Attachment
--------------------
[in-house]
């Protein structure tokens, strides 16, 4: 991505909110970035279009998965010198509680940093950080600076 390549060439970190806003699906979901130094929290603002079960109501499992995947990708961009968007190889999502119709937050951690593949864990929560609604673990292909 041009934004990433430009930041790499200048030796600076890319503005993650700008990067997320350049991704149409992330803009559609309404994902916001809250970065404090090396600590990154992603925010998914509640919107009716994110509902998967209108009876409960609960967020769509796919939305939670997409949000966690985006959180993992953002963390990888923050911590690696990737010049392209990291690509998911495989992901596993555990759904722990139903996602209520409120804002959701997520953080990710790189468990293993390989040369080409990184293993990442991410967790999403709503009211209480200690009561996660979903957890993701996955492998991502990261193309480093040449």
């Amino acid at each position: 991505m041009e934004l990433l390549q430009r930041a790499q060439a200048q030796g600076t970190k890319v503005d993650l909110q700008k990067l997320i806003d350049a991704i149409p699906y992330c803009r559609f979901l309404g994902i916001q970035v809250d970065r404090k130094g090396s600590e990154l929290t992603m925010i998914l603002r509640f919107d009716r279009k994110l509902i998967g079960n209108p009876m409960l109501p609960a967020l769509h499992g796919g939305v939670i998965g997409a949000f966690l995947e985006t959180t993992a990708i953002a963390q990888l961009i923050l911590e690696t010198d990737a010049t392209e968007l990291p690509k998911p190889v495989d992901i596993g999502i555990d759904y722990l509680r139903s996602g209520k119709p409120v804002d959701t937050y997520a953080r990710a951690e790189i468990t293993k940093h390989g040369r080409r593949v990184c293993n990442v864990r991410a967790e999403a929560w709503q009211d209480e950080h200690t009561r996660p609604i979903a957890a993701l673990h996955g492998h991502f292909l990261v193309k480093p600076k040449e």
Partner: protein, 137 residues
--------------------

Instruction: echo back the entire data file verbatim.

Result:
[in-house]
């Protein structure tokens, strides 16, 4: 991505909110970035279009998965010198509680940093950080600076 390549060439970190806003699906979901130094929290603002079960109501499992995947990708961009968007190889999502119709937050951690593949864990929560609604673990292909 041009934004990433430009930041790499200048030796600076890319503005993650700008990067997320350049991704149409992330803009559609309404994902916001809250970065404090090396600590990154992603925010998914509640919107009716994110509902998967209108009876409960609960967020769509796919939305939670997409949000966690985006959180993992953002963390990888923050911590690696990737010049392209990291690509998911495989992901596993555990759904722990139903996602209520409120804002959701997520953080990710790189468990293993390989040369080409990184293993990442991410967790999403709503009211209480200690009561996660979903957890993701996955492998991502990261193309480093040449």
């Amino acid at each position: 991505m041009e934004l990433l390549q430009r930041a790499q060439a200048q030796g600076t970190k890319v503005d993650l909110q700008k990067l997320i806003d350049a991704i149409p699906y992330c803009r559609f979901l309404g994902i916001q970035v809250d970065r404090k130094g090396s600590e990154l929290t992603m925010i998914l603002r509640f919107d009716r279009k994110l509902i998967g079960n209108p009876m409960l109501p609960a967020l769509h499992g796919g939305v939670i998965g997409a949000f966690l995947e985006t959180t993992a990708i953002a963390q990888l961009i923050l911590e690696t010198d990737a010049t392209e968007l990291p690509k998911p190889v495989d992901i596993g999502i555990d759904y722990l509680r139903s996602g209520k119709p409120v804002d959701t937050y997520a953080r990710a951690e790189i468990t293993k940093h390989g040369r080409r593949v990184c293993n990442v864990r991410a967790e999403a929560w709503q009211d209480e950080h200690t009561r996660p609604i979903a957890a993701l673990h996955g492998h991502f292909l990261v193309k480093p600076k040449e």
Partner: protein, 137 residues